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Abdominopelvic venous distension with venous varices and iliac vein aneurysm: rare imaging manifestation of chronic rheumatic heart disease
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  1. Muniraju Maralakunte1,
  2. Arun Sharma1,
  3. Neelam Dahiya2 and
  4. Manphool Singhal1
  1. 1Radiodiagnosis, Post Graduate Institute of Medical Education and Research, Chandigarh, India
  2. 2Cardiology, Post Graduate Institute of Medical Education and Research, Chandigarh, India
  1. Correspondence to Dr Arun Sharma; drarungautam{at}gmail.com

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Description

A middle-aged postmenopausal woman presented with abdominal distension and dull aching non-localising abdominal pain for a month, and sonography of the abdomen was advised for the same. A moderate amount of ascites was seen on sonography with congestive hepatomegaly and dilated inferior vena cava (IVC) and hepatic veins. More strikingly, dilated and tortuous anechoic vascular structures are seen in the pelvis, which could be traceable along the course of gonadal veins on either side. On review of her medical records, there was a significant history of rheumatic heart disease and its treatment course, including mitral balloon valvuloplasty done at separate time intervals in 2004 and 2006. Metallic mitral valve replacement was considered in 2016 due to the recurrence of symptoms. She improved clinically and was kept on medical treatment, viz. digoxin 0.25 mg, torsemide 20 mg, metoprolol tartrate 50 mg, aspirin 325 mg, nicoumalone 2 mg. Her recent echocardiography report showed dilated atria, severe tricuspid regurgitation ('tricuspid regurgitation velocity max (TRV max) 3.3 m/s, peak gradient (PG) 42.70 mm Hg), pulmonary hypertension, global left ventricular hypokinesia and severe left ventricular systolic dysfunction (ejection fraction 20%–25%). Aortic valve was mildly thickened with presence of mild aortic regurgitation and normally functioning mechanical prosthetic mitral valve. Chest radiograph showed cardiomegaly with prominent pulmonary conus. Right sided cardiac chambers were dilated. Contrast-enhanced CT revealed abdominopelvic venous varices involving the bilateral gonadal veins, bilateral iliac veins (common, internal and external), IVC and hepatic veins with the presence of right internal iliac venous aneurysm measuring 4.4×4.3×3.6 (anteroposterior×craniocaudal×transverse) cm (figure 1). Mild bilateral lower extremity pitting oedema was seen. However, no varicose veins or chronic cutaneous changes to suggest deep venous thrombosis were seen.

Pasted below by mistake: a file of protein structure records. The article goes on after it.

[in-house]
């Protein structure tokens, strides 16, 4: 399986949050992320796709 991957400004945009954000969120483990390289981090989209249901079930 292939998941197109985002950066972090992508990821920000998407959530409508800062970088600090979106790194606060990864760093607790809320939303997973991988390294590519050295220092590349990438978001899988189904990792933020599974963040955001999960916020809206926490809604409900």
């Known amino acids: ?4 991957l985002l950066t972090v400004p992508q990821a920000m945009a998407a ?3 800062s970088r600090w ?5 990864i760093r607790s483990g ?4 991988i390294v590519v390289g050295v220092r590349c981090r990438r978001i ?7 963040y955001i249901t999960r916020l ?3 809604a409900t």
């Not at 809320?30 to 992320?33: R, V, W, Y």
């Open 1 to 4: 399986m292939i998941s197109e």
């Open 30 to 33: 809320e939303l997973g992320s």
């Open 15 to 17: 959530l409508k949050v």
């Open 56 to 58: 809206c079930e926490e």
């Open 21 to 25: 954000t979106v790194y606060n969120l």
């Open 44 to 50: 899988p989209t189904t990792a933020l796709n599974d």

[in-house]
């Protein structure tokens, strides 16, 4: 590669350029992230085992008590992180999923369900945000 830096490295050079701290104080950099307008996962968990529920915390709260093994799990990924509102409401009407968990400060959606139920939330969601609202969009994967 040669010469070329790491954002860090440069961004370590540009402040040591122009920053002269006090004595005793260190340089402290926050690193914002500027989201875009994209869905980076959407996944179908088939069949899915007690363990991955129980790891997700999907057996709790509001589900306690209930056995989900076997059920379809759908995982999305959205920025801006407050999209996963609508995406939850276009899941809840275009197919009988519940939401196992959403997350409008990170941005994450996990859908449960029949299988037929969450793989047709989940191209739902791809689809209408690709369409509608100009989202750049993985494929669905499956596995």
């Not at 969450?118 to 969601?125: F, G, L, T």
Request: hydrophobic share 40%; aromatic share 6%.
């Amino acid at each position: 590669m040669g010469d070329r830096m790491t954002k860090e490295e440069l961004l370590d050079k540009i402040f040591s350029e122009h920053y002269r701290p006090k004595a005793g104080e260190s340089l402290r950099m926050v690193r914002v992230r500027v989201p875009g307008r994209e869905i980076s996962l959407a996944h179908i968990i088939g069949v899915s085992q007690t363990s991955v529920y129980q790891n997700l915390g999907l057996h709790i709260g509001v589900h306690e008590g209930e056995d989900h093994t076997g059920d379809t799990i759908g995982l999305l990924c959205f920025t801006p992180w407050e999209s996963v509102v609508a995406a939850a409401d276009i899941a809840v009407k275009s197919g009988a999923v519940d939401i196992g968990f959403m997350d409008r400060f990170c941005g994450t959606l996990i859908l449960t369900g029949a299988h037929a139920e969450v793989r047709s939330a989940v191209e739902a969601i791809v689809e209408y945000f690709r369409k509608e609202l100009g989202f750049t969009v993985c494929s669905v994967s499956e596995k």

Figure 1

Postmenopausal woman with rheumatic heart disease status postmetallic mitral valve replacement, and presenting with non-localising abdominal pain and abdominal distension. Chest radiograph (A) showing cardiomegaly with prominent pulmonary conus. Contrast-enhanced CT (B–E) axial images showing disproportionately dilated right sided cardiac chambers (B), serpentine right adnexal varices (C) (black arrow), globular internal iliac venous aneurysm (~4.4×4.3×3.6 cm anteroposterior×craniocaudal×transverse) (D) (black arrow), and periuterine veins (white arrow). Coronal maximum intensity projection reformatted image (E) showing dilated inferior vena cava (IVC) and hepatic veins (HV), dilated renal and gonadal veins (right gonadal vein) and ascites. RA, right atrium; RV in B, right ventricle; LV, left ventricle; rGV, right gonadal vein; RV in E, renal vein; AP×CC×TR, anteroposterior×craniocaudal×transverse.